The new E-Verify rule for federal contractors has a lot of employers wondering exactly who’s covered by the requirement — and what they have to do now.
To clear up some of the confusion, U.S. Citizenship and Immigration Services (USCIS) has published answers to a few of HR’s most common questions about federal contractors and E-Verify:
1. Who’s affected by the rule?
Companies will be required to use E-Verify when they enter into federal contracts with a work period of longer than 120 days and a value of more than $100,000. Also, subcontractors are covered by the rule when the prime contract meets those requirements and the subcontract is for services or construction with a value over $3,000.
2. Which employees must be verified?
Covered contractors are required to verify all new hires, as well as any existing employees assigned to the government contract. That includes employees who perform “substantial duties” under the contract, as opposed to those performing overhead or support work.
3. When do we have to enroll?
The rule went into effect on September 8. Any applicable federal contract signed after that date must include an “E-Verify clause” that requires contractors to use the system.
Companies not already signed up for E-Verify have to enroll within 30 days of being awarded the contract and must begin verifying new hires and current employees working on the contract within 90 days.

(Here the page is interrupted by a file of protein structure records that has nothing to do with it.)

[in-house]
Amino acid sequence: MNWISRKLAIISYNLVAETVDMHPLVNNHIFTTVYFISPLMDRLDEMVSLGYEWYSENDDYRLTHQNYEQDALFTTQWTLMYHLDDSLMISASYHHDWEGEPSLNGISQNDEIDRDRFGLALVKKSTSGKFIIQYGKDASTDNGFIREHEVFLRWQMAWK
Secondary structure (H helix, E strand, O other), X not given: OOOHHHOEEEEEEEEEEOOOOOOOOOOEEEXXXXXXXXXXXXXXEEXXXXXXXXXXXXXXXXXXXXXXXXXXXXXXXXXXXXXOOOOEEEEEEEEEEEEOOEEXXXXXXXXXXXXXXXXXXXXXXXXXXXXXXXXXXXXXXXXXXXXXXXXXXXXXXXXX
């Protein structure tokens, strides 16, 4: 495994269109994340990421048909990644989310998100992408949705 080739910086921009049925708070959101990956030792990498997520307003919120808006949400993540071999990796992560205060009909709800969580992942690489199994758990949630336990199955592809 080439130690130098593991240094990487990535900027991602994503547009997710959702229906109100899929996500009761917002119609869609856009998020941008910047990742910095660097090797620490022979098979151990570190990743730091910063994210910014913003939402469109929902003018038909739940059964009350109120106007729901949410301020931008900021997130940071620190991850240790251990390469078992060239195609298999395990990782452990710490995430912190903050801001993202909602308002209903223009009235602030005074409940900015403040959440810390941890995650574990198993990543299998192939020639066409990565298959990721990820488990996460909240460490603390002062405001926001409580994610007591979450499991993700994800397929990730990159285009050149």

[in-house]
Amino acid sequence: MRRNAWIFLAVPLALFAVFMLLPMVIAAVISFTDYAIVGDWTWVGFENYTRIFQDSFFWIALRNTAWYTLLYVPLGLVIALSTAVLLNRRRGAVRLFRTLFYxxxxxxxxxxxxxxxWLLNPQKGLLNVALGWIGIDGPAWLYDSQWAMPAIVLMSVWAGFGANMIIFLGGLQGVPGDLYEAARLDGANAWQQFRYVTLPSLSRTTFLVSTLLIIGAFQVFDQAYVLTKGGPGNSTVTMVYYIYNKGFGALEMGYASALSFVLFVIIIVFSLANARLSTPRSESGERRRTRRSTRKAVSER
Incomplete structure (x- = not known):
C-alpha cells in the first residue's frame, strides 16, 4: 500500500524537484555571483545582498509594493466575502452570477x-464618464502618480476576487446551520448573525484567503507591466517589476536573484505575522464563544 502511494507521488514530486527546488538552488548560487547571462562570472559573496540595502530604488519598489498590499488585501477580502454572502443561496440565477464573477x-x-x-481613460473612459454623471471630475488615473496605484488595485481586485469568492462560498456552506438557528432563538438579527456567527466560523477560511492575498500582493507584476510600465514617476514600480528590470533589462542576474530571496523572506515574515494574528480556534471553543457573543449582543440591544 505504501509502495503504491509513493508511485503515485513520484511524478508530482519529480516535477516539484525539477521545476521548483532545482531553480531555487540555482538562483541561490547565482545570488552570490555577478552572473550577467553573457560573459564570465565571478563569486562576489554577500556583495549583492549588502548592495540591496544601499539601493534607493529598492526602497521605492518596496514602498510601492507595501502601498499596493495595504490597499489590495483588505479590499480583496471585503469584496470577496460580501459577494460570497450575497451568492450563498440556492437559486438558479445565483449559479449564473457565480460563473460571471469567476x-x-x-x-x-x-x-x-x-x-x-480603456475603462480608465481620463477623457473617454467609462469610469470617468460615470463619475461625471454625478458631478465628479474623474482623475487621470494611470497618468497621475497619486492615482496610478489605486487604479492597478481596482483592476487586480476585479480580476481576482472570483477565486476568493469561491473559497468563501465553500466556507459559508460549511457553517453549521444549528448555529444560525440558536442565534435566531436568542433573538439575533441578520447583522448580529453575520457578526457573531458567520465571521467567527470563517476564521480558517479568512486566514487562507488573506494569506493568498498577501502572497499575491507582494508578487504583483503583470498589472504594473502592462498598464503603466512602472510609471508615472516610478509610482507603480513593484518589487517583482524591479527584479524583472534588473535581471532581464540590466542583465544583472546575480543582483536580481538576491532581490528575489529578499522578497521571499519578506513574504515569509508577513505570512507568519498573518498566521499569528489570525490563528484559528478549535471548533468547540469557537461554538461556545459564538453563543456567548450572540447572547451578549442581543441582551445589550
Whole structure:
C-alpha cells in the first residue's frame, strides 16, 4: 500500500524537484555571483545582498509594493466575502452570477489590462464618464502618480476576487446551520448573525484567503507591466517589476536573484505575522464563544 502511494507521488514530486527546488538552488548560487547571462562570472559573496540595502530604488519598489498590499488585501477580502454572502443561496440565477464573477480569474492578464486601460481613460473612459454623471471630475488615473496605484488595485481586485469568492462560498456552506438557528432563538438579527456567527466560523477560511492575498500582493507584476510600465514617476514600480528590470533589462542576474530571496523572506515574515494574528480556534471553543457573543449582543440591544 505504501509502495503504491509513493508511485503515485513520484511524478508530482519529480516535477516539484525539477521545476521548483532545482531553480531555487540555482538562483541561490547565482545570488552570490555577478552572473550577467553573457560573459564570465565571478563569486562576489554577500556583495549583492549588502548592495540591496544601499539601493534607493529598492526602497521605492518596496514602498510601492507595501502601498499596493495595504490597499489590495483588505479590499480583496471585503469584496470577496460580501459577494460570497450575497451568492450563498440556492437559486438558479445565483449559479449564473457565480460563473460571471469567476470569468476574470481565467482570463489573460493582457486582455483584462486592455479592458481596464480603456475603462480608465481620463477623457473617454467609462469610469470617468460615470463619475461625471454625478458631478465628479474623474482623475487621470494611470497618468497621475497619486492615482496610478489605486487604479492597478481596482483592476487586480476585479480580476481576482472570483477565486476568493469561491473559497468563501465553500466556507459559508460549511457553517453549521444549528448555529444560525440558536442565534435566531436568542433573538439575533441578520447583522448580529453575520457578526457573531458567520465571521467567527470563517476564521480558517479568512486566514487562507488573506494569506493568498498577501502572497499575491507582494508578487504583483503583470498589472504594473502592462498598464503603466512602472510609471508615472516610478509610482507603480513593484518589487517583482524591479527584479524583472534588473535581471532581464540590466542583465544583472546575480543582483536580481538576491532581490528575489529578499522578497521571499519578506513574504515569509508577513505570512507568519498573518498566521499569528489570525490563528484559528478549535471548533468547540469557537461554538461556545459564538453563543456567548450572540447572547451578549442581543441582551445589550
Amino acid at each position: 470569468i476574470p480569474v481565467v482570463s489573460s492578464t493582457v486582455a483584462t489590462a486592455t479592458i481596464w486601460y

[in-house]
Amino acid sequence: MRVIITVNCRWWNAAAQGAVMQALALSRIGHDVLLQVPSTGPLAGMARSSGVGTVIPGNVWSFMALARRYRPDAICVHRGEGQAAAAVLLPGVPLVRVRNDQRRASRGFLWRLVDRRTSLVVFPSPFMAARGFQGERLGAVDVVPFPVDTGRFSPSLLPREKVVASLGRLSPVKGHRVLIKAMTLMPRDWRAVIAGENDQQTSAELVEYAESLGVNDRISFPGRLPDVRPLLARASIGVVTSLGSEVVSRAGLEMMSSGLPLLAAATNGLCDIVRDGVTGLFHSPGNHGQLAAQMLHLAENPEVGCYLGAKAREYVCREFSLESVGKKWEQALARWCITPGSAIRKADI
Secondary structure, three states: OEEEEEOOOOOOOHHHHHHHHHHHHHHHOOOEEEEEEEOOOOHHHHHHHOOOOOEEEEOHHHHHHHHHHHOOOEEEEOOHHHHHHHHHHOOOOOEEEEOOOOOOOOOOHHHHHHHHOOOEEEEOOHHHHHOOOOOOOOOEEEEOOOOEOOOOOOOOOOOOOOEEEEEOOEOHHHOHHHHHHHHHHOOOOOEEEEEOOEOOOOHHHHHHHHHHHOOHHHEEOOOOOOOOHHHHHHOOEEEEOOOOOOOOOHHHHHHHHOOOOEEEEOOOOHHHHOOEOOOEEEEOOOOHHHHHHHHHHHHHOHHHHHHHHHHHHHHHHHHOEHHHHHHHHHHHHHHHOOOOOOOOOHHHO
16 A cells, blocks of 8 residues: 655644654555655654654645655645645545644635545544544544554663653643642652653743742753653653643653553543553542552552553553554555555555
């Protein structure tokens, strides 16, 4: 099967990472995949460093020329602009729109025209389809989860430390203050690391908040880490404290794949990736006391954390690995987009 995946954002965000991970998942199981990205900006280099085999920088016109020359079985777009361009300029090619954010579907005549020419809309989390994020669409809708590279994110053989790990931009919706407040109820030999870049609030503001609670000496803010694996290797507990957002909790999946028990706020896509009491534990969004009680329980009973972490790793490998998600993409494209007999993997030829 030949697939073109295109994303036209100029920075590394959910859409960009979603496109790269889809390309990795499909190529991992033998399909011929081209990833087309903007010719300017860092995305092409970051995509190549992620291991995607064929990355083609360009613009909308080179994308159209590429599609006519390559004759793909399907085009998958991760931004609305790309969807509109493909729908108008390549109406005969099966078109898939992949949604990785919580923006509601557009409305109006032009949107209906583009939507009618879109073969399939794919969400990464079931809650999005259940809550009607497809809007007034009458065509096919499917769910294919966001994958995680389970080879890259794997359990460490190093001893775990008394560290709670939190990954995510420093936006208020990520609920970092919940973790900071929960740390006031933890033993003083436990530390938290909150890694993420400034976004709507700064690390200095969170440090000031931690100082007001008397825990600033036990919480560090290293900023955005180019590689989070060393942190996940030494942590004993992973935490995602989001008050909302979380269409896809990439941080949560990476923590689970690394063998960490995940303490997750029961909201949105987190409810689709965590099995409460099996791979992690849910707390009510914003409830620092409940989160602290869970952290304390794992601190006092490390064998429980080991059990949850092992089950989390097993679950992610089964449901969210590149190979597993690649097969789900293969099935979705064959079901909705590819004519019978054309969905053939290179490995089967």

Of course, companies can sign up whenever they want, so current or prospective federal contractors might as well enroll before they’re required to.
When you enroll, choose “federal contractor” when asked, “Which category best describes your organization?”
4. What if we already have a government contract?
You won’t be required to sign up for E-Verify until you sign a new contract that contains the E-Verify clause.
5. We already enrolled in E-Verify, but not as a contractor? Do we have to re-enroll?
No, but if you aren’t enrolled as a federal contractor, you will need to update your company profile to categorize your company as a contractor.
For more information from USCIS, click here.
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